As I work on this week's column, an ominous warning sounds from the radio: "A winter storm watch is in effect from Tuesday morning through Wednesday afternoon....the National Weather Service in Burlington has issued a winter storm watch for heavy snow across the Northern Adirondacks ....with the potential for 6 to 12 inches of heavy, wet snow with temperatures near freezing through much of the event."
Earlier in the morning, I had been complaining to my wife about the plague of dandelions that had consumed our front lawn, and May hadn't even arrived yet.
I knew recent weather patterns had been just too good to be true. Usually, by this time of year, I'd be waiting for ice-out to get on the water and chomping the bit to wet a line. Instead, I've spent the past three weeks on the ponds, catching trout with reckless abandon.
The season's weather has been as fantastic as the angling and I've been forced to cover-up only with sunscreen, rather than the usual dose of bug dope.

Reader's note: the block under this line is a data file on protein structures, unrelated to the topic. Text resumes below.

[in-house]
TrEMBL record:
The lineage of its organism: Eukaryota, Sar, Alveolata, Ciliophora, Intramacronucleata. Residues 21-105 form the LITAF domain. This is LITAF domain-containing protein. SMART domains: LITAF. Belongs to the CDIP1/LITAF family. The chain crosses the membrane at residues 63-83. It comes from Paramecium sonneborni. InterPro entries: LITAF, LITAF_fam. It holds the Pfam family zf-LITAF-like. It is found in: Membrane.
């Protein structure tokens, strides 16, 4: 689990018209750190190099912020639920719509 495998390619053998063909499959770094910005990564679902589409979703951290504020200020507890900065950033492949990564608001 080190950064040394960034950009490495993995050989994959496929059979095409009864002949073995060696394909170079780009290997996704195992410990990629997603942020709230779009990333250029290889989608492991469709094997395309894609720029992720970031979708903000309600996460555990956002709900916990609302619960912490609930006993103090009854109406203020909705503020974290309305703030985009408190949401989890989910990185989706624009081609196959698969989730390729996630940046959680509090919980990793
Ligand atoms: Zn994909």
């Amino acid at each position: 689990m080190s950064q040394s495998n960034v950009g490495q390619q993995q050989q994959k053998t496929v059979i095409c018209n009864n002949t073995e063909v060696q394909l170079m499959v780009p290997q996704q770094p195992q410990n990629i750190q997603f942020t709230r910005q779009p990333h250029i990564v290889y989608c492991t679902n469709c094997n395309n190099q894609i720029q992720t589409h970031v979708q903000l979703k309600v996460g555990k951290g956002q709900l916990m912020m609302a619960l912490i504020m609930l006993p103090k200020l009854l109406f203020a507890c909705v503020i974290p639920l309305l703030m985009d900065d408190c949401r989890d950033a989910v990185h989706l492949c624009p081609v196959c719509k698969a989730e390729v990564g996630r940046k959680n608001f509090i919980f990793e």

Just yesterday, water temperatures on the streams finally topped the 50 degree mark, a barrier considered ideal for mayflies to hatch. However, it now appears hatching mayflies will have to compete with snowflakes for airspace.
Hopefully, the storm will pass without much disturbance. However, I'm willing to take whatever the weather has to offer, because I've been angling on borrowed time for the entire month of April.
The value of a flowing stream
In the course of my travels, I visit a lot of small towns and villages across the Adirondacks. I always enjoy meeting residents of the local communities and listening to their cares and concerns. Our local communities share similar problems ranging from aging populations to activities for area youth, as well as state mandates and a looming economic crisis.